MUSKEGON COUNTY, MI – Nearly $11.5 million in grants have been awarded to the city of Muskegon Heights for its water system, including replacement of lead service lines.
The city received an $8.4 million water infrastructure grant that will help the city replace the service lines, according to a statement issued by state Rep. Will Snyder, D-Muskegon. The state is requiring the replacement of all lead service lines by 2041.
Muskegon Heights received another $3 million for additional infrastructure projects that include replacement of water mains, according to Sen. Jon Bumstead, R-North Muskegon.
“Over the past few years, former Muskegon Heights City Manager Troy Bell and I worked together on projects that would greatly benefit the city of Muskegon Heights,” Bumstead said in a prepared statement about the grants.
Bell left the city’s employment as of Wednesday, Feb. 1, after a divided city council decided not to renew his contract. He had been with the city for three years.
The funding will help pay for water main replacement in several locations, according to Bumstead. Those include along Sanford Street between Oakwood and Broadway avenues, along Columbia Avenue between Fifth and Peck Streets and along Fifth between Summit and Broadway avenues.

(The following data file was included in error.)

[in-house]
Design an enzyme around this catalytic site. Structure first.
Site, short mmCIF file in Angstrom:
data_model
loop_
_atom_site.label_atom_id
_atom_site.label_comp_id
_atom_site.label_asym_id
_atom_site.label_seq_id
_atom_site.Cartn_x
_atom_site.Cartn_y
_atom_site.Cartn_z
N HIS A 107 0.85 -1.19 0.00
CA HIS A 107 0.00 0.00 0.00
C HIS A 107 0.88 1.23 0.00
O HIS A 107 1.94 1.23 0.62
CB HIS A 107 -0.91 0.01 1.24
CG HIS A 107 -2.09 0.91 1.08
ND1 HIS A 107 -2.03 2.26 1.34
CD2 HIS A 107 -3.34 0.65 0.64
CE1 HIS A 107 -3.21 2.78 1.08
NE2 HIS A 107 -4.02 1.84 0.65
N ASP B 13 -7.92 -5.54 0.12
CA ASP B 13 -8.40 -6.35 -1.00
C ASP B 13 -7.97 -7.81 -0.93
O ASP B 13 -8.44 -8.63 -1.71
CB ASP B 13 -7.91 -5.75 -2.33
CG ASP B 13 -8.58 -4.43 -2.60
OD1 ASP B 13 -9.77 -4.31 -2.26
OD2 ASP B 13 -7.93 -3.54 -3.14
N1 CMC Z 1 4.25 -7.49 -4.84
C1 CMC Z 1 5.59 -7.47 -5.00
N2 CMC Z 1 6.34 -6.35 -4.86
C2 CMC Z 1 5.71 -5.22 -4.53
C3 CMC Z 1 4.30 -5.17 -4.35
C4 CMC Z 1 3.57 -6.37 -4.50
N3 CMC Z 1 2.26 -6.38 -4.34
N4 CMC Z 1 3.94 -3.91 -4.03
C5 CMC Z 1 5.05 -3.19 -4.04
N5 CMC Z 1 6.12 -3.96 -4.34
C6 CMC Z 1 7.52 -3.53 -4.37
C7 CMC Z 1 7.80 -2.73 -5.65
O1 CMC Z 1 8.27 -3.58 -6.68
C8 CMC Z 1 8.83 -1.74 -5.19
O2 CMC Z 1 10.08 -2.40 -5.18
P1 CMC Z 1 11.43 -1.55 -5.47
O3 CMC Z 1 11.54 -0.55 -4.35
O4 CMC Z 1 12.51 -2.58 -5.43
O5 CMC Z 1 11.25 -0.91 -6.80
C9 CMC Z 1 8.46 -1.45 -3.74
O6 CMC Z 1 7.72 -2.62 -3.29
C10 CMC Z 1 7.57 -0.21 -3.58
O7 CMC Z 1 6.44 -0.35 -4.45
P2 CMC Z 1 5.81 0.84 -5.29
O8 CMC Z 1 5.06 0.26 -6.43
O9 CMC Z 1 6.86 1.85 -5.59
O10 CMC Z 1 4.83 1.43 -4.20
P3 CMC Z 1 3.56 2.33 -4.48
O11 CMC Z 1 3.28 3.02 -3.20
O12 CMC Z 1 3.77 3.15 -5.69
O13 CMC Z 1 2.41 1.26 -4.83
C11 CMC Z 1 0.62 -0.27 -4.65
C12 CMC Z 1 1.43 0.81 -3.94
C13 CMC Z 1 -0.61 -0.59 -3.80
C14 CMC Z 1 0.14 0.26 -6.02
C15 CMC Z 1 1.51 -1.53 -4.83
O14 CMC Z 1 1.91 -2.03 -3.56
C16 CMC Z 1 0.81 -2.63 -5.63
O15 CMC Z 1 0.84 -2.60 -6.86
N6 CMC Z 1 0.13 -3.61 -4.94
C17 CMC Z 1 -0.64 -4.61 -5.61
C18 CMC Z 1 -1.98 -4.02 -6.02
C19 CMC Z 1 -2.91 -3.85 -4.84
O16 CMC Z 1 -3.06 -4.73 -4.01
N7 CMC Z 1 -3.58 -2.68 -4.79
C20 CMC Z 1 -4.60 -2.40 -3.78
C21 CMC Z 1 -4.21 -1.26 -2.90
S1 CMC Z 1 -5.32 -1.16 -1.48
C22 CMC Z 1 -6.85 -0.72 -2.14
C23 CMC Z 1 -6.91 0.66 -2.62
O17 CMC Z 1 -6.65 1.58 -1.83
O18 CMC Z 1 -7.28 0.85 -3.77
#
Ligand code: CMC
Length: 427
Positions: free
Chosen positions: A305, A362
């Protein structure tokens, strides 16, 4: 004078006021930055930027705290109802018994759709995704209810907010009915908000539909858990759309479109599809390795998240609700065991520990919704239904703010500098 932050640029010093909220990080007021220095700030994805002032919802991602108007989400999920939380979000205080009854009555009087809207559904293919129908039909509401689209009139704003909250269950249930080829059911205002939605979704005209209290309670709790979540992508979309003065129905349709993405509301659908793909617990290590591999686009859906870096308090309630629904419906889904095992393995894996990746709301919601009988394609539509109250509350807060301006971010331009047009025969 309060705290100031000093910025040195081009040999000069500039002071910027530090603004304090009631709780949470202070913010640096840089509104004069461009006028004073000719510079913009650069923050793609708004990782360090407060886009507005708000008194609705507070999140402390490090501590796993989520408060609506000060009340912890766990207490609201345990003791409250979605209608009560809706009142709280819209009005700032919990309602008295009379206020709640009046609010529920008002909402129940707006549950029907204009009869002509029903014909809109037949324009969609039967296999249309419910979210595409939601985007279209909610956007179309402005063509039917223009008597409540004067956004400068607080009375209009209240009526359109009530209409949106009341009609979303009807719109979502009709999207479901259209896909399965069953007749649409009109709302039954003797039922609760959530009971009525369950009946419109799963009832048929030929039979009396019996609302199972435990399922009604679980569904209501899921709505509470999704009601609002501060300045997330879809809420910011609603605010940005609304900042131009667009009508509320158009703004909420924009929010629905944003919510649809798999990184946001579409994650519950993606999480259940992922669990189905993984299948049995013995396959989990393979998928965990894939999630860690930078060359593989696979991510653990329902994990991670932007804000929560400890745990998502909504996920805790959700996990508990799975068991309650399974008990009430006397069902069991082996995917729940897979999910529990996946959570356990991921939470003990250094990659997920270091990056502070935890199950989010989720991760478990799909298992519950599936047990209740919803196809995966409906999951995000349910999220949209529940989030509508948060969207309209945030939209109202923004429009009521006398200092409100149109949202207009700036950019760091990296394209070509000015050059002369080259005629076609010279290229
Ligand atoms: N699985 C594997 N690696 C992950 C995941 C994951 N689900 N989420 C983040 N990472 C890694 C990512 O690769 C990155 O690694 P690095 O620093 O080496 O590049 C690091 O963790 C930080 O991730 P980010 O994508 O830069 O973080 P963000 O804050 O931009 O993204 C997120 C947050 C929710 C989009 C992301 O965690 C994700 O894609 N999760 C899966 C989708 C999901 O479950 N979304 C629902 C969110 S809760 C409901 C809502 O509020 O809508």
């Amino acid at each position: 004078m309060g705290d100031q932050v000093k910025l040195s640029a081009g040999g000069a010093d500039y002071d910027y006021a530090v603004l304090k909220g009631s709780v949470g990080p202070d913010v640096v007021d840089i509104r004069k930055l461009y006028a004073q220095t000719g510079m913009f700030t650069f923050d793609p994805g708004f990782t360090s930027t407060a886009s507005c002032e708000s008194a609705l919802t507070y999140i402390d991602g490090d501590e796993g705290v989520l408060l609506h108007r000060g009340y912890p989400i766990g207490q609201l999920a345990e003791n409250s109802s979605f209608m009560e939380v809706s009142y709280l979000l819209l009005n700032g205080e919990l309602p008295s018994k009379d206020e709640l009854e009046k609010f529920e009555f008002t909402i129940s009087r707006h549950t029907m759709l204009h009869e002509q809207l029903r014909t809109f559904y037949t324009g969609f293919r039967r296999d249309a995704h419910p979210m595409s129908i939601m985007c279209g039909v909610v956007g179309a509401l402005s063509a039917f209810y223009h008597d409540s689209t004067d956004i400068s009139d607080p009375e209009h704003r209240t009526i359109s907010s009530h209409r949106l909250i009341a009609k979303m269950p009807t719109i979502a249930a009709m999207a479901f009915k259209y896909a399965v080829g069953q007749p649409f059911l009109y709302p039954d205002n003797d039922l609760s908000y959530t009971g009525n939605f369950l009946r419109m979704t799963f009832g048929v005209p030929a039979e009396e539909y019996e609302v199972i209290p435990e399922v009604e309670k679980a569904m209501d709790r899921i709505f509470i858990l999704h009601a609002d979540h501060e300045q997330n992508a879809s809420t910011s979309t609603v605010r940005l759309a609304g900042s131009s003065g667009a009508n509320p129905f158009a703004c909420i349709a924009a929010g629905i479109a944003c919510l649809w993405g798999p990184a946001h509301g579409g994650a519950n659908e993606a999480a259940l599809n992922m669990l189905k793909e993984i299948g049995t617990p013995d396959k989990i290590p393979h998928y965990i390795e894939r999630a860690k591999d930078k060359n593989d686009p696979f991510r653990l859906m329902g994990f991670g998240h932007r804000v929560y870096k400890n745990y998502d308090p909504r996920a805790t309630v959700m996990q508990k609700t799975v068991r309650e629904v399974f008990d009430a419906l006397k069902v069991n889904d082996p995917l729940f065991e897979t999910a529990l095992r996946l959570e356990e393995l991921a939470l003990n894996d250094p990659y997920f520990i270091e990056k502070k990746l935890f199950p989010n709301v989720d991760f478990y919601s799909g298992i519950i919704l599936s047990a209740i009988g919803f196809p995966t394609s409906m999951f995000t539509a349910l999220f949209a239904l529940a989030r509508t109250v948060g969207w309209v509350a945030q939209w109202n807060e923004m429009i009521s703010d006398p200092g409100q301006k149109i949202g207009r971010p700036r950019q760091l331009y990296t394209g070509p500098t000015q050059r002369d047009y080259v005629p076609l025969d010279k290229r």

“I’m excited to see the positive impact this funding will have on the well-being of Muskegon Heights residents,” Bumstead said. “Infrastructure investments like these are critical for growth and prosperity in any community, and it is exciting to see this project gain legs.”
Muskegon Heights Mayor Walter Watt, who has been a supporter of Bell, thanked the former city manager for his work on securing the grants as well as his commitment to the city.
“He worked on getting this grant as hard as anyone, along with Sen. Bumstead,” Watt told MLive. “Without him doing that work we probably wouldn’t have this grant. So, I send thanks to him … for the work that he did. He did a lot for our community.”
The city has already begun replacing lead service lines with the help of a low-interest loan, Watt said. That has helped the city pay for needed street repairs, since the water service line replacements require streets to be torn up, he said.
“That’s the only creative option we have to get the streets done,” Watt said.
Among several key vacant positions with the city of Muskegon Heights is the water filtration plant director. The city has contracted with the City of Muskegon for assistance in operating the plant.
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